Archimandrite Cyril Hovorun is professor of ecclesiology, international relations, and ecumenism at Sankt Ignatios Theological Academy and the Stockholm School of Theology. Ordained in the Orthodox Church, Hovorun previously served as acting director of the Huffington Ecumenical Institute at Loyola Marymount University in Los Angeles. His main fields of expertise are early Christian traditions, ecclesiology, and public theology.
In my article “Is the Byzantine ‘Symphony’ Possible in Our Days?” published four years ago in the Journal of Church and State, I argued that, although the Byzantine type of symphonic relations between the church and the state constitutes a model for the leadership of the Russian Orthodox Church (ROC), this model is illusionary and unattainable in modern Russia. Indeed, the spell of this illusion was broken by the COVID-19 pandemic.
On the top level, leaders of the Russian Orthodox Church still fully comply with the official policies and rhetoric of the Russian state. The latter was inconsistent in facing the pandemic. Initially, the state demonstratively ignored the pandemic and mocked the efforts of more responsible governments to deal with it. Russian President Vladimir Putin did not much differ from other like-minded leaders, such as Donald Trump of the United States or Jair Bolsonaro of Brazil, who considered alarms about the early outbreaks of the virus as proof of the assumed liberal inadequacies and conspiracies. When Putin realized that it was not precisely inadequacy and conspiracy, and when his country, together with the United States and Brazil, rocketed up to the top of the nations with the highest rates of coronavirus infection and death, his policies became more cautious and mindful of the dangers of COVID-19.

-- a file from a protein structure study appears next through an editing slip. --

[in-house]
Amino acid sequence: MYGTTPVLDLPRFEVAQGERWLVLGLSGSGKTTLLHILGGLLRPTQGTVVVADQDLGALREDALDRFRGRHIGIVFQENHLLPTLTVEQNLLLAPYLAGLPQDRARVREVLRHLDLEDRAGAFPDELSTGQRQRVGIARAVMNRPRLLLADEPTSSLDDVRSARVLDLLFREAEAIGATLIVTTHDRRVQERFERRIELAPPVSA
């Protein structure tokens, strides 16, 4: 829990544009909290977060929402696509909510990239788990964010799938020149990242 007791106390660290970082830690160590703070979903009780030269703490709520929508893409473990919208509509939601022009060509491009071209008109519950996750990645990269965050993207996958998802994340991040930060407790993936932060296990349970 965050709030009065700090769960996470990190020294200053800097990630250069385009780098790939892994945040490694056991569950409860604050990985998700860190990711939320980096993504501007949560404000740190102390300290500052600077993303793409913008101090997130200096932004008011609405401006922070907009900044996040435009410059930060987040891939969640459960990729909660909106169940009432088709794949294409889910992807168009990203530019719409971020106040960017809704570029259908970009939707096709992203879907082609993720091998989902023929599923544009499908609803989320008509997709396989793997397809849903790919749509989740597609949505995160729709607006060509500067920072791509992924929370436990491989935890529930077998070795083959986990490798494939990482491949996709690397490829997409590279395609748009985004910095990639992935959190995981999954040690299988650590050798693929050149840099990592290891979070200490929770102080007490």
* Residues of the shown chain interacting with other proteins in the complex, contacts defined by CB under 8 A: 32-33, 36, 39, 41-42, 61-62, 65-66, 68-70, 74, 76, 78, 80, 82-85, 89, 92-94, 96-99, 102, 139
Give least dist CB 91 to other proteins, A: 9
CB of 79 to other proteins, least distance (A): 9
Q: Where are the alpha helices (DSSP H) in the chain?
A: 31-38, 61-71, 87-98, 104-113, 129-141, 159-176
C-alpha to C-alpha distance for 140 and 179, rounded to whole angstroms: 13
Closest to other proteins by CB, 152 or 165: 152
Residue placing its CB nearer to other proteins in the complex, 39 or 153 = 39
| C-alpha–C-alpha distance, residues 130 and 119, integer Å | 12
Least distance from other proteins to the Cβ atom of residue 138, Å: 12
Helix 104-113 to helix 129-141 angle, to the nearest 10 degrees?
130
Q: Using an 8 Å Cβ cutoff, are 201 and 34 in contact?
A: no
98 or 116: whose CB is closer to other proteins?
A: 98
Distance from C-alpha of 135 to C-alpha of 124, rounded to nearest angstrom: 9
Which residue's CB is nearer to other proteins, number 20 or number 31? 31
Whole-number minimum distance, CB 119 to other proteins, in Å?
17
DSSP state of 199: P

On the top level, leaders of the Russian Orthodox Church still fully comply with the official policies and rhetoric of the Russian state.
So did the policies of the Russian Orthodox Church. Initially, ROC leaders, and speakers on their behalf, hesitated to introduce restrictive measures or speak up about the risks of coronavirus—in contrast to the Ecumenical Patriarchate, for example, which immediately took drastic measures and bluntly warned about the dangers of the new disease. Only later did the Russian church’s leaders become clearer and more outspoken about COVID-19. The change in their public attitudes coincided with changes in the Kremlin’s standpoint. One can clearly see that the symphonic pattern continued working on the top level.
However, this pattern failed on the lower and grassroots levels. Many laypeople, priests, and even bishops refused to comply with the requirements of both civil and ecclesial authorities. In some Russian regions, bishops and local governors openly clashed with one another. The most publicized clash occurred in the city of Yekaterinburg on the eastern outskirts of the Ural Mountains. Local governor Yevgeny Kuyvashev wrote in his Instagram that he disapproves of the traditional religious procession dedicated to the murder of the last Russian tzar, Nicholas Romanov, and his family in 1918. His reason for disapproval was that the participants in the procession do not observe hygienic measures and may contribute to the rise of COVID-19 cases in the region. The local bishop, Metropolitan Yevgeny Kulberg, also through social media, rebuked the governor and insisted that the procession must take place regardless. This was an outright public confrontation between local civil and ecclesial authorities, unheard of in modern Russia so far.
Many laypeople, priests, and even bishops refused to comply with the requirements of both civil and ecclesial authorities. In some Russian regions, bishops and local governors openly clashed with one another.